The Wetzel Foundation’s PURE (Positive Unrestricted Research Efforts) Initiative

offers targeted funding to researchers at the top neuroscience institutes in the country.


The Wetzel Foundation is dedicated to helping our nation’s top researchers discover treatments and cures for both ALS and dementia-related diseases. While The ALS Association’s 2014 Ice Bucket Challenge significantly increased awareness of the disease and raised an unprecedented amount of funding, proper funding remains very much an issue. Dementia-related diseases are currently among the top ten causes of death in America. They are also on the rise. The number of Americans suffering from Alzheimer’s alone is expected to more than double by 2050. Unfortunately, research funding for brain disease lags behind funding for all other diseases in the top ten. The Wetzel Foundation’s PURE (Positive Unrestricted Research Efforts) Initiative offers targeted funding to researchers at the top neuroscience departments in the country. In order to ensure the level of innovation and discovery that we need right now, PURE allows the researchers themselves determine how to best apply the money.



THE WETZEL FOUNDATION RESEARCH AND EDUCATION FUND

Northwestern Pledge Letter

– Established January 2015

Northwestern University Feinberg School of Medicine is known the world over for leading groundbreaking ALS (amyotrophic lateral sclerosis) research and for providing exceptional care and support to patients and families living with this debilitating and complex disease. ALS, also known as Lou Gehrig’s disease, is a progressive and fatal neurodegenerative disease that often strikes people in the prime of their lives. Anyone can be diagnosed with ALS: a mother, a son, a sister, or a grandfather. ALS affects an estimated 350,000 people worldwide, with an average survival of three years. The degeneration of nerves leads to muscle weakness and impaired speaking, swallowing, and breathing, eventually causing paralysis and death. The effects are devastating, and currently there is no cure.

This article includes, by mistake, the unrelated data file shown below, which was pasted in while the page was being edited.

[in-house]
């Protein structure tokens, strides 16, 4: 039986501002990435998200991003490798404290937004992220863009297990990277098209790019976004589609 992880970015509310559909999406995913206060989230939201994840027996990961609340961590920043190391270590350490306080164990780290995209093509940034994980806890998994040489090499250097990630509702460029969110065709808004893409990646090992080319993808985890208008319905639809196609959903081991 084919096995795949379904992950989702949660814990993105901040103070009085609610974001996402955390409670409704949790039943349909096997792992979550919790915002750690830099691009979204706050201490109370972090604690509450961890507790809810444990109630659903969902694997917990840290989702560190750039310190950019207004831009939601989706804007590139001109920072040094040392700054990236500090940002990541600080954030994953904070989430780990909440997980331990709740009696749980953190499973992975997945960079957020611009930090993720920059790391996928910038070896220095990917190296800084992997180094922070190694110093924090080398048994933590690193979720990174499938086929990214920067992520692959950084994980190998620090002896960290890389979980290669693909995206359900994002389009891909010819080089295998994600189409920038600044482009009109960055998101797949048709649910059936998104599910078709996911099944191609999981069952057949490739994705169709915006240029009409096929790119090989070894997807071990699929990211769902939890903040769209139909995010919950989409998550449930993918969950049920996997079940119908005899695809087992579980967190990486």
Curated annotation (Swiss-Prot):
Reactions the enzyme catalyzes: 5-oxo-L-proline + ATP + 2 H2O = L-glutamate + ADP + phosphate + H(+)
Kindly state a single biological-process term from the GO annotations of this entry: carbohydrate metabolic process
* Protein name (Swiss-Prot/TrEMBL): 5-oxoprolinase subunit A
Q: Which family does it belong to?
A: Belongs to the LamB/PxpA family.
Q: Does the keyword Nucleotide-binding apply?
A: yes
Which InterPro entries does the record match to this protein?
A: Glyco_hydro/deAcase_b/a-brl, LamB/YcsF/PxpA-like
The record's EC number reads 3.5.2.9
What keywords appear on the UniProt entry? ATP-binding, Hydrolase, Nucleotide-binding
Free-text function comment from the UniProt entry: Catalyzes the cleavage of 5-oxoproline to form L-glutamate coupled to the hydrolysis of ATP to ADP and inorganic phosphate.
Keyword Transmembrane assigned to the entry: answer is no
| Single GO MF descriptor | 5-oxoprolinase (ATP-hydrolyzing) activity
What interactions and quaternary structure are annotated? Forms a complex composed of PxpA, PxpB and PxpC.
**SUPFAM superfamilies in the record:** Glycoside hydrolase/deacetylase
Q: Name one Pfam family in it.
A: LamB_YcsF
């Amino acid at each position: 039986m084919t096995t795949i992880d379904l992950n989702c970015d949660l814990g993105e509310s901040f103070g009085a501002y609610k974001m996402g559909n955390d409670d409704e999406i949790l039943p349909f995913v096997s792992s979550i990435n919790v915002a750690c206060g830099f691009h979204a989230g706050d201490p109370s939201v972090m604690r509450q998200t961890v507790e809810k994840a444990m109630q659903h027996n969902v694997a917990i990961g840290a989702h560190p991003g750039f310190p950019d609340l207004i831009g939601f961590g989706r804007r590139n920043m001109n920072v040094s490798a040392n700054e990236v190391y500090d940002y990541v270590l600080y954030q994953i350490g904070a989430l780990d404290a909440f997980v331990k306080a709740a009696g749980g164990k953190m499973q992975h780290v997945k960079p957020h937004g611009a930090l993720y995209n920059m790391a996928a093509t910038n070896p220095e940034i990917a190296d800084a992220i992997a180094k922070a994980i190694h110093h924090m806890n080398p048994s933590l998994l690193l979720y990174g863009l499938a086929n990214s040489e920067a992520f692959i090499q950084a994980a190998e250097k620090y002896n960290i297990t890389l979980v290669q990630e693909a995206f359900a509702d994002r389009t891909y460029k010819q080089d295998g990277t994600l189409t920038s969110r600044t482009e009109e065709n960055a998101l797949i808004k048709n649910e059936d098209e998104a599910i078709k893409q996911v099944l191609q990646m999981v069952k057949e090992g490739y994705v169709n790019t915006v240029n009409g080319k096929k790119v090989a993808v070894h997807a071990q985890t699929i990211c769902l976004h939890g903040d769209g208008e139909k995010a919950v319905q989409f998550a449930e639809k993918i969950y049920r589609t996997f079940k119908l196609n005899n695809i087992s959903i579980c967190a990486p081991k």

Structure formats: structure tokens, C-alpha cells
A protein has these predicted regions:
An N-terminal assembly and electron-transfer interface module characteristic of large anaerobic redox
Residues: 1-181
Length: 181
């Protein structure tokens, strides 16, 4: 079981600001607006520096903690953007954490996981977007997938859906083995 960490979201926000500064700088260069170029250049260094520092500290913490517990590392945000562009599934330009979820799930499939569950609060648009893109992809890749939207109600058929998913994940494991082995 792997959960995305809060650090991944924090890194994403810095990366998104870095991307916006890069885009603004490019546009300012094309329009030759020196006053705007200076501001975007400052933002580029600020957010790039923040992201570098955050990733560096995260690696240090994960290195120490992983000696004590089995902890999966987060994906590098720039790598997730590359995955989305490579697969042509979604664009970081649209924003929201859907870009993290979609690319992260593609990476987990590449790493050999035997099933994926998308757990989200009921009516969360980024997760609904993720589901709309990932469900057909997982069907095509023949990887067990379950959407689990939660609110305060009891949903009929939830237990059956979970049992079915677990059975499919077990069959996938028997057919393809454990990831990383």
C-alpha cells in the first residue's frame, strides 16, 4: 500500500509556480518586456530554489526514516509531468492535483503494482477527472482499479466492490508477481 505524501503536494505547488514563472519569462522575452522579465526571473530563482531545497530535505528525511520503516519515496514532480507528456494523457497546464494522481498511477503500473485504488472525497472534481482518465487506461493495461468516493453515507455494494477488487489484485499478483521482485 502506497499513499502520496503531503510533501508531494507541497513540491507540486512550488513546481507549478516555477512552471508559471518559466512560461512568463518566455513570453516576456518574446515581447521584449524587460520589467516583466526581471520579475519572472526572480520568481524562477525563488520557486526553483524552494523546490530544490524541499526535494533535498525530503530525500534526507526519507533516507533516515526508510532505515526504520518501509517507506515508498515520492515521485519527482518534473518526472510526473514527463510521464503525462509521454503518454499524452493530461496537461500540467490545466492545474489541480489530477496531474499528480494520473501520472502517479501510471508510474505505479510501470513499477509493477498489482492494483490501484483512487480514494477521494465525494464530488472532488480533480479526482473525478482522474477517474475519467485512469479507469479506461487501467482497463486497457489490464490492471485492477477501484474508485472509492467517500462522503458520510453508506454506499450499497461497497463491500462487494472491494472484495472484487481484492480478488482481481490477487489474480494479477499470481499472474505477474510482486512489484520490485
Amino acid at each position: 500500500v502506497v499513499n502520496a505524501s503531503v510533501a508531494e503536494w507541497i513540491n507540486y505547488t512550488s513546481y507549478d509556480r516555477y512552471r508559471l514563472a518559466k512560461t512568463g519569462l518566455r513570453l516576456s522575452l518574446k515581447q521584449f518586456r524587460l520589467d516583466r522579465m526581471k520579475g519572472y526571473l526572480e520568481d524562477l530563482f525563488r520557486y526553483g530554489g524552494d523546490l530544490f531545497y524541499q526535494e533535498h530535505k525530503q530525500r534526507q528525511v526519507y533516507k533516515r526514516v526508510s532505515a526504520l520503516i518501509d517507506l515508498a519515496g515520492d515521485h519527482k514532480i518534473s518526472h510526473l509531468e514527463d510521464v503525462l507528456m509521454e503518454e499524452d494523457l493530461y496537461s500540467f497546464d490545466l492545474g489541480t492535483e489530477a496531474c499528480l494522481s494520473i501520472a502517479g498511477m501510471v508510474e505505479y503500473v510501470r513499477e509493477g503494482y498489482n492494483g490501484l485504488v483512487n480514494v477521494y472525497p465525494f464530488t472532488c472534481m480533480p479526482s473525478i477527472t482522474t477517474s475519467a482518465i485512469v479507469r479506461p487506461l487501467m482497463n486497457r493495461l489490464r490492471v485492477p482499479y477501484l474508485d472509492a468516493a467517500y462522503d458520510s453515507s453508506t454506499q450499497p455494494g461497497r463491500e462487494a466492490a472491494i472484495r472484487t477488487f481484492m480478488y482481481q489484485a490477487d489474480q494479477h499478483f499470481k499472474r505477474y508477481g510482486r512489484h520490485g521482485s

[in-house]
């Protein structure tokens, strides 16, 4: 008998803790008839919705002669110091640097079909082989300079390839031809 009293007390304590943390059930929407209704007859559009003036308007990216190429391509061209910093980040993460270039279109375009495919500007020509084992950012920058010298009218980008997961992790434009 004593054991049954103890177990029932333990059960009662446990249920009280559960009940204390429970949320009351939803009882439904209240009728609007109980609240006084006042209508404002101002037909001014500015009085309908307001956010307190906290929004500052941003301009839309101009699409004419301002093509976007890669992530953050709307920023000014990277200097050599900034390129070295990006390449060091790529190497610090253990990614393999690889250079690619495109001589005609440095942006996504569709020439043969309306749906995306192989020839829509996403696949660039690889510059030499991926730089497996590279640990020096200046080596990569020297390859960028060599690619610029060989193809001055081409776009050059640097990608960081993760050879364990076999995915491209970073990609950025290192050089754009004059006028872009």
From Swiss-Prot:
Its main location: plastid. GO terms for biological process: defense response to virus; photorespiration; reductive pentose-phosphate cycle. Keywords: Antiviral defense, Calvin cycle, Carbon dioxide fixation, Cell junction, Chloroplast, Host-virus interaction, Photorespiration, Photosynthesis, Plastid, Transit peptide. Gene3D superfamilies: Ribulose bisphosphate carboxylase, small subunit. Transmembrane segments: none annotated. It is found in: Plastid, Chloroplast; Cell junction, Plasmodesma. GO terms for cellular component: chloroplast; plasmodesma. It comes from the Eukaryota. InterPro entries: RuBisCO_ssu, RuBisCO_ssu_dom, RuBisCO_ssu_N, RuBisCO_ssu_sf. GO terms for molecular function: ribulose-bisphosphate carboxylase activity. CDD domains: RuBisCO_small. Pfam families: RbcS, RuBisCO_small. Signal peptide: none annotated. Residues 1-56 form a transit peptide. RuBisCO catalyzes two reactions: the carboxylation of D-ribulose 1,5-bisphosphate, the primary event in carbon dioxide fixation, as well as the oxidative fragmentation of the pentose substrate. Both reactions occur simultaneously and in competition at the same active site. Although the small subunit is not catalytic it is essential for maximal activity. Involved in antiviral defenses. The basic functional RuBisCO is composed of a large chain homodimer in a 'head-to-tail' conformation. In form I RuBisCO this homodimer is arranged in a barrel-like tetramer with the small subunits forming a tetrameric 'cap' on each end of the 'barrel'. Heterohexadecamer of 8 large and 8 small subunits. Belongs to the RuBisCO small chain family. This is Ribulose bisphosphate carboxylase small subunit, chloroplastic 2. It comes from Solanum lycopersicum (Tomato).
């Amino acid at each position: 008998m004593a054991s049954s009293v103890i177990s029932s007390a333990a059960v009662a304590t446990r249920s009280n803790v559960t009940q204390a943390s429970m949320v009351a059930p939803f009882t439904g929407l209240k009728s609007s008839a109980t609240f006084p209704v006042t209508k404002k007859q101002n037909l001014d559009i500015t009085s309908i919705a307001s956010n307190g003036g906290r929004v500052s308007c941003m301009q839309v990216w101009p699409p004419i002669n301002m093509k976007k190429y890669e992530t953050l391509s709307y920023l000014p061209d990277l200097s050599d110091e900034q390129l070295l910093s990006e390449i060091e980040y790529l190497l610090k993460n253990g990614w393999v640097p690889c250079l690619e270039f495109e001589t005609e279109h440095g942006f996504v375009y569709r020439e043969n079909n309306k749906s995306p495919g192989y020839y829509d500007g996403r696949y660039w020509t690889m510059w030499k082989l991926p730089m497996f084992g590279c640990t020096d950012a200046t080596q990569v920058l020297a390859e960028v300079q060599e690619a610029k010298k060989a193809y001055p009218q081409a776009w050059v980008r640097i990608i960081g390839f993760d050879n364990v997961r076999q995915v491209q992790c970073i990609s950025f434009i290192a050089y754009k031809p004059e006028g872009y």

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THE EADIE WETZEL DAVIS RESEARCH FUND

– Established January 2015


Columbia University Medical Center has long been recognized as a world leader in neurology and neuroscience, and faculty at the Taub Institute for Research on Alzheimer’s Disease and the Aging Brain are pioneers in expanding their understanding of the origins and expressions of neurodegenerative disorders, such as Alzheimer’s, Parkinson’s, and ALS. Columbia’s faculty engage in pioneering research, use those discoveries to develop more effective courses of treatment, and recruit, train and nurture the early careers of the brightest young physicians and scientists entering the field. The largest Alzheimer’s disease research center in the country, the Taub Institute has an unparalleled record of success, and is uniquely well suited to meet the challenges that still lay before them, as they continue their work in the discoveries in prevention, diagnosis, and treatment of neurodegenerative disorders.


CUMC’s TAUB INSTITUTE FOR RESEARCH ON ALZHEIMER’S DISEASE AND THE AGING BRAIN


For over a century, Columbia University investigators have been engaged in pioneering neurological research, and the establishment of the Taub Institute for Research on Alzheimer’s Disease and the Aging Brain ratified it’s commitment to learning more about the origins and expressions of neurodegenerative disorders, and how they can better diagnose and treat – and ultimately even cure and prevent – diseases like Alzheimer’s, Parkinson’s, and Huntington’s disease.

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The Wetzel Foundation is happy to consider funding for other institutions’ ALS and dementia-related research.  Please contact [email protected] for more information.

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